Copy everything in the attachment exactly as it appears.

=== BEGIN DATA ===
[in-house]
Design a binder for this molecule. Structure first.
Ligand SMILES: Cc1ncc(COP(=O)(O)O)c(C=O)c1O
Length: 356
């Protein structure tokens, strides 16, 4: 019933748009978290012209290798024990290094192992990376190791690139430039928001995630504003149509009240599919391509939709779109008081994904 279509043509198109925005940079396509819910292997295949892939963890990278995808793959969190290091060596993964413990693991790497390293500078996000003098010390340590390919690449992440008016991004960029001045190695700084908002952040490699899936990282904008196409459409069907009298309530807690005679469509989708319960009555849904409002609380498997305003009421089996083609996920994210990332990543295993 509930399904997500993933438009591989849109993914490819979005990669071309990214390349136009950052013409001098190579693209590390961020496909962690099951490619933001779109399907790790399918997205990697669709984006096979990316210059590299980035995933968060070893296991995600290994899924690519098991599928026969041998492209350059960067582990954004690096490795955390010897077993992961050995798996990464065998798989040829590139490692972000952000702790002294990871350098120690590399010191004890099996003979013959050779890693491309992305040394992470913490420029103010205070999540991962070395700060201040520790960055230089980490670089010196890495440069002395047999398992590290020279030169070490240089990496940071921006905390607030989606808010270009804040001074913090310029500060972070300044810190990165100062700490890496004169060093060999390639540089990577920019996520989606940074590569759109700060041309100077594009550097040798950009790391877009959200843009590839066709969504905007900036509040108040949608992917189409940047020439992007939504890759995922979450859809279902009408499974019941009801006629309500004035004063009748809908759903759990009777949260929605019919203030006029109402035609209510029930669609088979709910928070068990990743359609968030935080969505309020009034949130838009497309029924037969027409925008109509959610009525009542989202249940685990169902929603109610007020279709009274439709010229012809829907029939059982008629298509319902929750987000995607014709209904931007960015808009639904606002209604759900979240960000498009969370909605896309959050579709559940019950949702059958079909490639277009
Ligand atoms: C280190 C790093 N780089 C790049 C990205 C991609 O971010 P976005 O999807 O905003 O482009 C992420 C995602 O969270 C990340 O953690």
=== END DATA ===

[in-house]
Design a binder for this molecule. Structure first.
Ligand SMILES: Cc1ncc(COP(=O)(O)O)c(C=O)c1O
Length: 356
């Protein structure tokens, strides 16, 4: 019933748009978290012209290798024990290094192992990376190791690139430039928001995630504003149509009240599919391509939709779109008081994904 279509043509198109925005940079396509819910292997295949892939963890990278995808793959969190290091060596993964413990693991790497390293500078996000003098010390340590390919690449992440008016991004960029001045190695700084908002952040490699899936990282904008196409459409069907009298309530807690005679469509989708319960009555849904409002609380498997305003009421089996083609996920994210990332990543295993 509930399904997500993933438009591989849109993914490819979005990669071309990214390349136009950052013409001098190579693209590390961020496909962690099951490619933001779109399907790790399918997205990697669709984006096979990316210059590299980035995933968060070893296991995600290994899924690519098991599928026969041998492209350059960067582990954004690096490795955390010897077993992961050995798996990464065998798989040829590139490692972000952000702790002294990871350098120690590399010191004890099996003979013959050779890693491309992305040394992470913490420029103010205070999540991962070395700060201040520790960055230089980490670089010196890495440069002395047999398992590290020279030169070490240089990496940071921006905390607030989606808010270009804040001074913090310029500060972070300044810190990165100062700490890496004169060093060999390639540089990577920019996520989606940074590569759109700060041309100077594009550097040798950009790391877009959200843009590839066709969504905007900036509040108040949608992917189409940047020439992007939504890759995922979450859809279902009408499974019941009801006629309500004035004063009748809908759903759990009777949260929605019919203030006029109402035609209510029930669609088979709910928070068990990743359609968030935080969505309020009034949130838009497309029924037969027409925008109509959610009525009542989202249940685990169902929603109610007020279709009274439709010229012809829907029939059982008629298509319902929750987000995607014709209904931007960015808009639904606002209604759900979240960000498009969370909605896309959050579709559940019950949702059958079909490639277009
Ligand atoms: C280190 C790093 N780089 C790049 C990205 C991609 O971010 P976005 O999807 O905003 O482009 C992420 C995602 O969270 C990340 O953690």